The negative impact caused by the recent renminbi devaluation on the tourism sector of Queensland is expected to be temporary, according to the governor of the Australian northeastern state.
“This effect is expected to be temporary. These things are not even cyclical but tend to recover as quickly as the share market,” Queensland Governor Paul de Jersey, AC, told EJ Insight in an exclusive interview during a visit to Hong Kong.
“I tend to look optimistically at these trends… Remember the day when the Australian dollar was more than the US dollar, these things change quickly,” de Jersey said.
In fact, the Australian dollar has weakened against the US dollar over the past few months, making the country more attractive to tourists from Hong Kong and mainland China, he said.
Over the past three months, the Chinese currency eased 2.5 percent to close at 6.3559 against one US dollar last Friday. For the same period, the Australian dollar depreciated by 10.1 percent to close at 0.6908. In 2011, one Australian dollar was worth US$1.1.
About 330,000 mainland Chinese visited Queensland last year, up 11 percent from 2013, according to the Queensland government. For the same period, the number of Hong Kong tourists to the Australian state grew 15 percent to 51,000.
The weakening Aussie dollar has also attracted a lot of foreigners to study in Australia. Around 97,000 international students went to Queensland last year, including 17,800 from mainland China and 2,500 from Hong Kong.
In February, the Australian government unveiled a new policy banning non-resident foreign investors from buying an existing home in the country.
In July, some supermarkets set a limit on the amount of milk powder that buyers can purchase. Local media said many Chinese students are involved in reselling milk powder to mainland Chinese tourists.
He declined to comment on the country’s nationwide property curbs but said there is no downside to having more tourists visiting Queensland.
“I don’t see any downside. Tourists, especially Chinese tourists, are welcome to Queensland, whose people are by nature enjoying meeting new people and sharing their environment with them,” de Jersey said.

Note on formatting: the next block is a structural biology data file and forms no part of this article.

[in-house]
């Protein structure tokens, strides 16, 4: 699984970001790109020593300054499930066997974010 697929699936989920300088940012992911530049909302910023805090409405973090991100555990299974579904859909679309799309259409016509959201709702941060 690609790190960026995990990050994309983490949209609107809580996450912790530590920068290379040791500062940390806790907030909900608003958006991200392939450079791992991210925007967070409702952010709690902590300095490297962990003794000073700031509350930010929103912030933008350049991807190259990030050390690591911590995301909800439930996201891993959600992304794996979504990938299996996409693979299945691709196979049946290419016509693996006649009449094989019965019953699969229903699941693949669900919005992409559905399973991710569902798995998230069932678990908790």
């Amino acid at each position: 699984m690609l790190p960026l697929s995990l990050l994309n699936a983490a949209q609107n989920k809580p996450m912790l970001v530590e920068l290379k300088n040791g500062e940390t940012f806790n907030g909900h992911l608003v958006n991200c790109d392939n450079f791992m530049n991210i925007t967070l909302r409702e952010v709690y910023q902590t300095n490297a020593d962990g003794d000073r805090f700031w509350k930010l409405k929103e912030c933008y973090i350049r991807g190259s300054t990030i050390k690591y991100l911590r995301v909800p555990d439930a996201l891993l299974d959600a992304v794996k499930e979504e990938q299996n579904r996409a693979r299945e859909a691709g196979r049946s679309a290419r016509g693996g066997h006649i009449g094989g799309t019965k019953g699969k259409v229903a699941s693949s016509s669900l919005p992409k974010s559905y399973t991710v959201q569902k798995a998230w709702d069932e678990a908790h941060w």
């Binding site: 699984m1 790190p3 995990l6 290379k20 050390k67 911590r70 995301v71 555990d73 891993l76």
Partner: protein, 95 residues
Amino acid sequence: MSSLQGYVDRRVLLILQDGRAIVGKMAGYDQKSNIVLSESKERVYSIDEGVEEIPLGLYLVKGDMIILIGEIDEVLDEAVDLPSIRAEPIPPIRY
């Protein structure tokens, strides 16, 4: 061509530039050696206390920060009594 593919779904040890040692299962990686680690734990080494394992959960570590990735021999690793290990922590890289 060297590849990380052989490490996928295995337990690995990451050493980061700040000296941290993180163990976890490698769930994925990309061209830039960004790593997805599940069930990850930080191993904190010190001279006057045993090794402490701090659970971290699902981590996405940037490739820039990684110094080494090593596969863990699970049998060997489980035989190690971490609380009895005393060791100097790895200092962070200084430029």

Many Chinese tourists are interested in visiting natural attractions in Queensland, such as the Great Barrier Reef, which remains in good condition under the protection of the state authority, he said.
The Queen’s Wharf Brisbane project, a resort comprising hotels, casinos, retail spaces and other commercial facilities, is expected to become a key tourist attraction, he said.
In July, the Destination Brisbane Consortium, formed by Echo Entertainment Group, Far East Consortium (Australia), a unit of Far East Consortium International (00035.HK), and Chow Tai Fook Enterprises, parent of New World Development Co. Ltd. (00017.HK), was selected by the local government as the developer of the project. Site work is expected to begin in 2017.
The 2018 Commonwealth Games, which will be held in the Gold Coast, will help Queensland create new forms of international collaboration, de Jersey said.
Produce, seafood and wine
Appointed the 26th governor of Queensland in July last year, de Jersey also has a mission to help boost the state’s exports.
“Queensland has a lot to offer to China in terms of seafood, which is very appealing to residents of Hong Kong and China,” he said. “This is increasingly the focus of our export market in Hong Kong.”
“We also have some wonderful produce and wine to offer,” he said, given that Hong Kong has limited agricultural capacity.
He said Brisbane West Wellcamp Airport will continue to play an important role in delivering Queensland goods into Hong Kong and China. He said Cathay Pacific Airways Ltd. (00293.HK) is doing a good job there.
Apart from trade, Queensland and Hong Kong also have a lot more to push forward in terms of medical collaboration.
The QIMR Berghofer Medical Research Institute and the Li Ka Shing Faculty of Medicine of The University of Hong Kong (HKU) have entered into an agreement recently to give patients in Hong Kong and Australia access to a new cancer treatment.
The two sides signed a memorandum of understanding at a ceremony in Hong Kong attended by de Jersey on Aug. 28.
Scientists from the two institutions are joining forces for the second phase of a clinical trial using immunotherapy for the management of nasopharyngeal carcinoma, which is an aggressive upper respiratory tract cancer common in East Asian countries including China, Indonesia, Thailand, the Philippines, Vietnam and Singapore.
“I’m sure with the broad range of projects which QIMR fosters these days, there will be a broadening of the scope of collaboration between QIMR and HKU,” he said.
Hong Kong’s vibrancy
This is the first time that de Jersey visits Hong Kong as governor of Queensland. But he is not unfamiliar with the city.
“My wife and I have been in Hong Kong many times over a number of decades, including with our children. In the early 1980s, we landed at Kai Tak Airport, which was operating in the city at that time. It was a very interesting experience,” he said.
In 2007, he visited Hong Kong as Chief Justice of Queensland and chaired the 12th Conference of Chief Justices of Asia and the Pacific, which was held in Hong Kong for the first time.
Although there were some reclamation projects in the Victoria Harbour during the last few decades, Hong Kong’s landscape remains beautiful, he said. “What remains unchanged is the wonderful vibrancy of the city.”
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